I love men. I do. They’re great. But these days, women are more my thing. Women are smart, funny, kind, beautiful…and too often underappreciated, underpaid, under-respected, and under-represented.
The time for women to rise above old stereotypes and show what we are capable of has come. We aren’t the meek, tender, fragile little housewives who need our big, strong manly husbands to care for us. We don’t have to be the secretaries to our male bosses. We don’t have to be the flight attendants to our male pilots. We don’t have to be the associate veterinarians to our male veterinary practice owners.
We can be the boss. We can be the pilot. We can be the veterinary practice owner.
If we want it, we can have it.
A few years back, I read a book by Dan Abrams called Man Down: Proof Beyond a Reasonable Doubt That Women Are Better Cops, Drivers, Gamblers, Spies, World Leaders, Beer Tasters, Hedge Fund Managers, and Just about Everything Else. (Perhaps he should have added “book namers” to that list, too, because I’m sure a woman’s title would have been more succinct and just as powerful, but I digress…)
An interesting read for sure, the book includes some funny, less scientific points (women are faster at getting ready? Excuse me?) but also includes points backed by research that blow stereotypes out of the water (women are better hedge fund managers, for example).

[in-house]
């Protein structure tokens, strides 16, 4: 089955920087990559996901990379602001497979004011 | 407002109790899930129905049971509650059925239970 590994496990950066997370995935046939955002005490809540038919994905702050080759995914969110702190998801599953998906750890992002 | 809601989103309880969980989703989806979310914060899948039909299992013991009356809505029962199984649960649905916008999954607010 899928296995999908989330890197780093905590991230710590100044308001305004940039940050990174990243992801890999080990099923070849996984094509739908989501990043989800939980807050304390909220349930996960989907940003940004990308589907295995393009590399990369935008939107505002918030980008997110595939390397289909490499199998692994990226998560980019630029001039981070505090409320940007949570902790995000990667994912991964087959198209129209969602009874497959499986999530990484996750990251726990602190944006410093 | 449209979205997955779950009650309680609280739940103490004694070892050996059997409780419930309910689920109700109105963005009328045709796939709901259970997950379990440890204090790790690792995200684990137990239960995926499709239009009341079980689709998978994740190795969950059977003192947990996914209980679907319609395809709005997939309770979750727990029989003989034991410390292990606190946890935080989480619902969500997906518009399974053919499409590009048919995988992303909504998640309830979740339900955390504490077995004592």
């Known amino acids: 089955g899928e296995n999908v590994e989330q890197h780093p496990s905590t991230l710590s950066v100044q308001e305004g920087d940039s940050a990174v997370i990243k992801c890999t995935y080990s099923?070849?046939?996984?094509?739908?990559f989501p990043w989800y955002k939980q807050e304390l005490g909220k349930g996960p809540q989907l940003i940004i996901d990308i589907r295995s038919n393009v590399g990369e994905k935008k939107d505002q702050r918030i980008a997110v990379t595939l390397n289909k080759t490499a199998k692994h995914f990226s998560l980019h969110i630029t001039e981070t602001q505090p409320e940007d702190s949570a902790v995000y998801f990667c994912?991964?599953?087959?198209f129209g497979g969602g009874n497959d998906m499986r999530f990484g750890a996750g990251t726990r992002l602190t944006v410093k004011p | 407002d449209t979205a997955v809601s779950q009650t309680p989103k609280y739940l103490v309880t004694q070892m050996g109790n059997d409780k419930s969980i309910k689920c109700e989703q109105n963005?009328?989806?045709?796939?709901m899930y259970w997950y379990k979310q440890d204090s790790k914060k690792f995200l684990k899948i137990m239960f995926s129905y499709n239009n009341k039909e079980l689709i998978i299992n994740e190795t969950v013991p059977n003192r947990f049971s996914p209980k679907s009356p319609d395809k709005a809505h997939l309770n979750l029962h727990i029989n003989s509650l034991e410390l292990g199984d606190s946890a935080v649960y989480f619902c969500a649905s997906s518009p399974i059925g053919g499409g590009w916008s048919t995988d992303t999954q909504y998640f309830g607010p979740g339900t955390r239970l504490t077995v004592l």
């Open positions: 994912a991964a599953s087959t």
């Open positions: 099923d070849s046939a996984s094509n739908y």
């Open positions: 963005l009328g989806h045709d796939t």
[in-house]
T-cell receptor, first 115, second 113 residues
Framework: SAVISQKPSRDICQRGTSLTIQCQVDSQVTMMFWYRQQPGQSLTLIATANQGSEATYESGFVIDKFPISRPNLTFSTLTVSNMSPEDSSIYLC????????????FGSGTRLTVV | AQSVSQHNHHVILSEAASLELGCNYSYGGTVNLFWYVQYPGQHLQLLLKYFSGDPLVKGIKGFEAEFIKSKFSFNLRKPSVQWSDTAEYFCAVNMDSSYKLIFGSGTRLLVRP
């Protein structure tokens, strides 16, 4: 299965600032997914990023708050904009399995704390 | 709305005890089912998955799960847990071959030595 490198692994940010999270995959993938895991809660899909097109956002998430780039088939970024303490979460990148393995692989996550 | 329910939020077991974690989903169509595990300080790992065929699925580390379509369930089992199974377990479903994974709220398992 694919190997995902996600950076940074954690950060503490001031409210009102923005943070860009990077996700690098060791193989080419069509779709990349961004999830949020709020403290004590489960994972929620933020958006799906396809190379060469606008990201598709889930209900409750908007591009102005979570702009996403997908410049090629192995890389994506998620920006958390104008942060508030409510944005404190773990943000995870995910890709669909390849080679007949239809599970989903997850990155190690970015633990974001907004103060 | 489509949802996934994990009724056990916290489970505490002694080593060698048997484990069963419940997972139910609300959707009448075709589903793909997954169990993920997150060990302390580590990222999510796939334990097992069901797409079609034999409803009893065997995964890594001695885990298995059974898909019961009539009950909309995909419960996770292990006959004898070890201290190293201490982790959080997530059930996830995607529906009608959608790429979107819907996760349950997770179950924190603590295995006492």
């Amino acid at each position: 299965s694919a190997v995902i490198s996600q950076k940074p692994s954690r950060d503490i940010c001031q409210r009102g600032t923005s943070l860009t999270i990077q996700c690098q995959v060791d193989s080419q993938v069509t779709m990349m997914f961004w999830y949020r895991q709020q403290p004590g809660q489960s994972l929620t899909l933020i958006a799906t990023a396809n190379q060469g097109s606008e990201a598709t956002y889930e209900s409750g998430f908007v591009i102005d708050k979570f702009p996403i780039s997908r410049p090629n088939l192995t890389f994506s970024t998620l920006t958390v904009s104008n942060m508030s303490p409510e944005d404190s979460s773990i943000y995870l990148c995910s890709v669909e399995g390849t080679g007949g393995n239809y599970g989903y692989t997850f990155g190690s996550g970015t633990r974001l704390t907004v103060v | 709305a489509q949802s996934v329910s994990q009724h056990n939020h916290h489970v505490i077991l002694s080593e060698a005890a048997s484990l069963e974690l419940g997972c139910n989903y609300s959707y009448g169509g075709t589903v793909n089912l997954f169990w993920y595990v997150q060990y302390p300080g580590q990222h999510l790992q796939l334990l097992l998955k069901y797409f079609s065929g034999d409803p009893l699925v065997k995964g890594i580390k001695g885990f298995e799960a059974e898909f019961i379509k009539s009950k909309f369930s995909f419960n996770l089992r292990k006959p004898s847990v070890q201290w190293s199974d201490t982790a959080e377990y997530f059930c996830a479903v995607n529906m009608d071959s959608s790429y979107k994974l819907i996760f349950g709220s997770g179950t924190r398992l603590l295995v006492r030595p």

“When you’re behind, you have to work harder,” Abrams once said when interviewed about the book. “Women have had to work harder to get ahead, and now they are in a place where they are surpassing men.”
Here are a couple of points in the book that stood out to me:
Although 97 percent of hedge fund managers are men, data by Hedge Fund Research shows that female managers produced average annual returns of 9 percent from 2000 to 2009 compared to male manager’s 5.82 percent. And, BusinessWeek reported that funds run by women lost half as much as those run by men during the recession.
Abrams attributes these numbers to women being more “risk averse, thoughtful, and deliberative,” and he believes those qualities contributed to some of his other findings, including women being better students, safer drivers, and more likely to vote.
In 2007, Cambridge Health Alliance (an organization affiliated with Harvard Medical School) conducted a comprehensive study of 40,499 online gamblers and found that women are more aggressive in their bets, more rapid-fire in placing them, and more likely to turn a profit at the tables.
The study showed that women wagered an average of 15 euros per bet while their male counterparts wagered an average of 11. Women also placed wagers over 15 percent more frequently than men, which earned them 15 percent greater winnings.
Wait, what? OK, OK, you got me… Abrams didn’t include this in his book, and I have no hard scientific evidence to back my claim, but, as I was reading about women being better at managing money and better at gambling, I couldn’t help but think about veterinary practice ownership.
Isn’t that what owning a veterinary practice is all about—managing money and taking a financial risk? And, interestingly, that’s also why so many women are scared to take the veterinary practice ownership plunge.
The vast majority (more than 80 percent) of veterinary school graduates are women. I say it’s time that number is reflected in veterinary practice ownership. You can do this. Need help getting started? Contact me.
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